First we looked at how Eric Carle created his ladybugs - he cut painted paper.

We started by making painted paper.

Each child painted half a piece of heavier bond photocopier paper red with a sponge. I love how sponges cover a lot of paper quickly - and create wonderful lines and textures with the paint.

When the papers were all painted, I cut them to 5 1/2" x 6" rectangles (and saved the scraps for other projects).

The kids decided if they wanted a ladybug that was taller, or a ladybug that was wider.  Then they cut two "curvy corners" at the top of their paper.

Cutting curvy corners is a tricky skill. It seems much easier for the kids to draw and/or cut a concave curve than a convex one. We keep practicing ....

A black ladybug head. It starts a  2 1/2" black square of construction paper. Four curvy corners later, it is a ladybug head.

A ladybug is an insect, therefore it has six legs. A couple pieces of black construction paper -- 2.5 x 3"  are cut into three legs each.

A ladybug needs 2 antennae. We drew them on with a black crayon.

And spots. Time for some more math. We shook our handy dandy container that holds two dice, shook it, and added the numbers together.

That's how many dots the ladybug got. Not very scientific, but quite mathematical. 

The ladybugs needed faces. Grouchy faces  -  or not-grouchy faces.  

Each child had to decide what kind of ladybug they would like to be. We chatted about different emotions, and how our faces and bodies look when we are feeling them.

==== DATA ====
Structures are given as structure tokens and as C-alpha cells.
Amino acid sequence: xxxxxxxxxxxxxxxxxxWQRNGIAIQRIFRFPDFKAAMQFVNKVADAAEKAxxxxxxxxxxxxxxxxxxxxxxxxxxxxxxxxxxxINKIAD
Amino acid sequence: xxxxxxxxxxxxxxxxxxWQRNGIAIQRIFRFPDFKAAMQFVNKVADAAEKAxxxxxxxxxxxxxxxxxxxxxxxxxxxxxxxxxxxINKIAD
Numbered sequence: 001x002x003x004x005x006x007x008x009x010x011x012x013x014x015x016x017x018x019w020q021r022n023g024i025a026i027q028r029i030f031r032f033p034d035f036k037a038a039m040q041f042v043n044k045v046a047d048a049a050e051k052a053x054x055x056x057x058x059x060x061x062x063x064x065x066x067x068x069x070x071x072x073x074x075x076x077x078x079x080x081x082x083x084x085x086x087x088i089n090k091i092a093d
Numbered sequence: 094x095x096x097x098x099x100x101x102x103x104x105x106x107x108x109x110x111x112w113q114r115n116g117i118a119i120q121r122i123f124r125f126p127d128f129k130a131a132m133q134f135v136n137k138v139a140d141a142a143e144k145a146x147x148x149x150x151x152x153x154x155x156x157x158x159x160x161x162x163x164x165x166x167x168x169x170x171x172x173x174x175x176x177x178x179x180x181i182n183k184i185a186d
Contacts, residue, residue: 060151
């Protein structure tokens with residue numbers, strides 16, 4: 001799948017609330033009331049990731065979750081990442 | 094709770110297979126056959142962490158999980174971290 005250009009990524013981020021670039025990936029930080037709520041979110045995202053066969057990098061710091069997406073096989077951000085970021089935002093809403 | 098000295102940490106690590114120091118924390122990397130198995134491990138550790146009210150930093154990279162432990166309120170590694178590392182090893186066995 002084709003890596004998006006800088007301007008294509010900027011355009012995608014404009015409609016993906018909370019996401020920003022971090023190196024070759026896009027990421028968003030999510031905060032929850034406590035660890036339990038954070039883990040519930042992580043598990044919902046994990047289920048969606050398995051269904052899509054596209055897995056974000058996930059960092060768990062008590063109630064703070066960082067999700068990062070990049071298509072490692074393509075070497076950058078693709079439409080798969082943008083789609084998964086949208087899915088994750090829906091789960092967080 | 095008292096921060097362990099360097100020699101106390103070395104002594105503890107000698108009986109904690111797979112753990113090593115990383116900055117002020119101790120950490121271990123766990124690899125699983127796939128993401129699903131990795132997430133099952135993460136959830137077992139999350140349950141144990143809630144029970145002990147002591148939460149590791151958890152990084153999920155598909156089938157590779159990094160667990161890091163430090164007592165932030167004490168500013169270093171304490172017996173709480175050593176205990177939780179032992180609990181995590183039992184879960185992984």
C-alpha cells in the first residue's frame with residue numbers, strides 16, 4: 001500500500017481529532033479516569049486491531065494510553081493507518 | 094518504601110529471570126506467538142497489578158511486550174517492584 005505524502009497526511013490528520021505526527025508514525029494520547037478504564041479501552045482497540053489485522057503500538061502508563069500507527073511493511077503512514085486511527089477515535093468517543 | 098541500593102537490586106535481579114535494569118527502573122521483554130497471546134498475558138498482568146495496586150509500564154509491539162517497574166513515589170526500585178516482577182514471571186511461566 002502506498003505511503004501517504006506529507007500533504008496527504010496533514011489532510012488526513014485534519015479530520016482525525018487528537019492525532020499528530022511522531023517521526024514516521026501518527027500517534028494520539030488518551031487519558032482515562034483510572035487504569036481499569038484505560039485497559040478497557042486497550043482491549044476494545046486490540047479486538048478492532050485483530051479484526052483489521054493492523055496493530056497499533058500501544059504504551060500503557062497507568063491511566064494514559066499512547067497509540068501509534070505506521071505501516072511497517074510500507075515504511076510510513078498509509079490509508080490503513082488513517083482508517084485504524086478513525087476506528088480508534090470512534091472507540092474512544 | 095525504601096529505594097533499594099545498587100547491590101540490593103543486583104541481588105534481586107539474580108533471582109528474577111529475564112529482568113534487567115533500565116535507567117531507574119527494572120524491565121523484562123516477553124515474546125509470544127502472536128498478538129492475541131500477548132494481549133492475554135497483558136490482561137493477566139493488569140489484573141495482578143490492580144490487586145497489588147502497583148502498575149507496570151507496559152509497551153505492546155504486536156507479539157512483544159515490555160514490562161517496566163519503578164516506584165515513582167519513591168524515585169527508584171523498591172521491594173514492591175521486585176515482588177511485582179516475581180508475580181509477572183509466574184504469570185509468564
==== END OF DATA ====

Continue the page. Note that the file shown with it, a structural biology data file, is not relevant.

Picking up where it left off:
I took photos of all the children, printed them, and the kids glued them onto the ladybug black head. 

The Grouchy Ladybug was very verbal. There was absolutely no doubt how she was feeling about the world.  Our not-so-grouchy ladybugs also needed to have a voice. 

So we gave them one. 

Click on the speech bubbles to get your own copy. 

Sometimes a smaller ladybug is the right size ladybug.

We have also made them with 3 1/2 x 4 1/2"  red paper, 2" square paper for the round head, and 2 pieces of 1 1/2 x 2" paper to cut to make the legs.  Click on the graphic below to print the speech bubbles.

We enjoy lots of Eric Carle activities in our classroom. Click on the photos to get the low down.

The Very Lonely Firefly

The Very Hungry Caterpillar

The Very Tiny Seed


Process art is a way for kids to explore art and their artistic selves. The action of creating is more important than the finished product. Fun-A-Day can tell you all about it.

It's a bonus round, when process art looks knock-your-socks-off, fantastic-amazing. 

Self portraits are a time honoured way to assess development and growth in kindergarten. 

They are also a wonderful tool to exercise observation skills, a vehicle of self expression, and way to develop the artist self.

They also transform a bulletin board into a gallery.

Vincent Van Gogh's Starry Night has captured countless imaginations.

It captures ours.

We learn about Mr Van Gogh, his work, and how he painted with his feelings as well as his eyes,  in kindergarten.

James Mayhew's book Katie and the Starry Night helps introduce children to Starry Night, and some of Van Gogh's other work. We read it, and then picked up our paint q-tips.

Katie and the Starry Night
written and illustrated by James Mayhew
published by Orchard Books, 2012